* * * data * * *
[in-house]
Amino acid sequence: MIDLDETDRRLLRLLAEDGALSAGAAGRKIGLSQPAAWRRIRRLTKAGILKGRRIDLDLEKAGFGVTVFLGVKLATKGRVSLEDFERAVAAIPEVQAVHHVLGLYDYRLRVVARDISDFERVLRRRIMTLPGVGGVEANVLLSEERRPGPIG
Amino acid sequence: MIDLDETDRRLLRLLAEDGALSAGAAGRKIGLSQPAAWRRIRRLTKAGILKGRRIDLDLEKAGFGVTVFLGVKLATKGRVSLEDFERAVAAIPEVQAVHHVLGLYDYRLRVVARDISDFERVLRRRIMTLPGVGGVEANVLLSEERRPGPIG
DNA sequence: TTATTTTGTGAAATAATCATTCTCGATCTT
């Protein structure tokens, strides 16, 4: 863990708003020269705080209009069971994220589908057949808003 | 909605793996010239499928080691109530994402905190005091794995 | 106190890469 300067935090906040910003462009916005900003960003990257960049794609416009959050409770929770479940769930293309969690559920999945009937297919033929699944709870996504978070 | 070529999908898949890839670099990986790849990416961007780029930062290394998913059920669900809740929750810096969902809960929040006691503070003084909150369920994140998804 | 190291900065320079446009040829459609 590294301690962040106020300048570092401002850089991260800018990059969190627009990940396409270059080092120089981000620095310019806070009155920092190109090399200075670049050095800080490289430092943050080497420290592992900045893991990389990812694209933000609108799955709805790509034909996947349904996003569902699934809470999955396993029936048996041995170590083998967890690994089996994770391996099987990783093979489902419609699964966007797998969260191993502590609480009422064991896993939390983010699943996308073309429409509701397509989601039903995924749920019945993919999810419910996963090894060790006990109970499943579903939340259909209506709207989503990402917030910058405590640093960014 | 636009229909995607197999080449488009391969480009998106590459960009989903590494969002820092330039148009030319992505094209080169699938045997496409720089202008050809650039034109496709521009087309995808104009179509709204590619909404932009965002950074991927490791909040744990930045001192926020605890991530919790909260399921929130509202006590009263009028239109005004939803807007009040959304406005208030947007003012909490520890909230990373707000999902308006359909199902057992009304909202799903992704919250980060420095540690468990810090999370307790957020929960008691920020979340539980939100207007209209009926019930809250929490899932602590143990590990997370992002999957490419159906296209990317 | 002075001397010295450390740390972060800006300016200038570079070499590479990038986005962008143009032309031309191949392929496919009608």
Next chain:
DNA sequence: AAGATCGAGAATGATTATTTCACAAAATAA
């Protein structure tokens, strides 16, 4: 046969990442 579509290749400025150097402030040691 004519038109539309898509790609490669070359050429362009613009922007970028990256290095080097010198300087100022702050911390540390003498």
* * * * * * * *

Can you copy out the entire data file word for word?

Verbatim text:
[in-house]
Amino acid sequence: MIDLDETDRRLLRLLAEDGALSAGAAGRKIGLSQPAAWRRIRRLTKAGILKGRRIDLDLEKAGFGVTVFLGVKLATKGRVSLEDFERAVAAIPEVQAVHHVLGLYDYRLRVVARDISDFERVLRRRIMTLPGVGGVEANVLLSEERRPGPIG
Amino acid sequence: MIDLDETDRRLLRLLAEDGALSAGAAGRKIGLSQPAAWRRIRRLTKAGILKGRRIDLDLEKAGFGVTVFLGVKLATKGRVSLEDFERAVAAIPEVQAVHHVLGLYDYRLRVVARDISDFERVLRRRIMTLPGVGGVEANVLLSEERRPGPIG
DNA sequence: TTATTTTGTGAAATAATCATTCTCGATCTT
């Protein structure tokens, strides 16, 4: 863990708003020269705080209009069971994220589908057949808003 | 909605793996010239499928080691109530994402905190005091794995 | 106190890469 300067935090906040910003462009916005900003960003990257960049794609416009959050409770929770479940769930293309969690559920999945009937297919033929699944709870996504978070 | 070529999908898949890839670099990986790849990416961007780029930062290394998913059920669900809740929750810096969902809960929040006691503070003084909150369920994140998804 | 190291900065320079446009040829459609 590294301690962040106020300048570092401002850089991260800018990059969190627009990940396409270059080092120089981000620095310019806070009155920092190109090399200075670049050095800080490289430092943050080497420290592992900045893991990389990812694209933000609108799955709805790509034909996947349904996003569902699934809470999955396993029936048996041995170590083998967890690994089996994770391996099987990783093979489902419609699964966007797998969260191993502590609480009422064991896993939390983010699943996308073309429409509701397509989601039903995924749920019945993919999810419910996963090894060790006990109970499943579903939340259909209506709207989503990402917030910058405590640093960014 | 636009229909995607197999080449488009391969480009998106590459960009989903590494969002820092330039148009030319992505094209080169699938045997496409720089202008050809650039034109496709521009087309995808104009179509709204590619909404932009965002950074991927490791909040744990930045001192926020605890991530919790909260399921929130509202006590009263009028239109005004939803807007009040959304406005208030947007003012909490520890909230990373707000999902308006359909199902057992009304909202799903992704919250980060420095540690468990810090999370307790957020929960008691920020979340539980939100207007209209009926019930809250929490899932602590143990590990997370992002999957490419159906296209990317 | 002075001397010295450390740390972060800006300016200038570079070499590479990038986005962008143009032309031309191949392929496919009608």
Next chain:
DNA sequence: AAGATCGAGAATGATTATTTCACAAAATAA
């Protein structure tokens, strides 16, 4: 046969990442 579509290749400025150097402030040691 004519038109539309898509790609490669070359050429362009613009922007970028990256290095080097010198300087100022702050911390540390003498």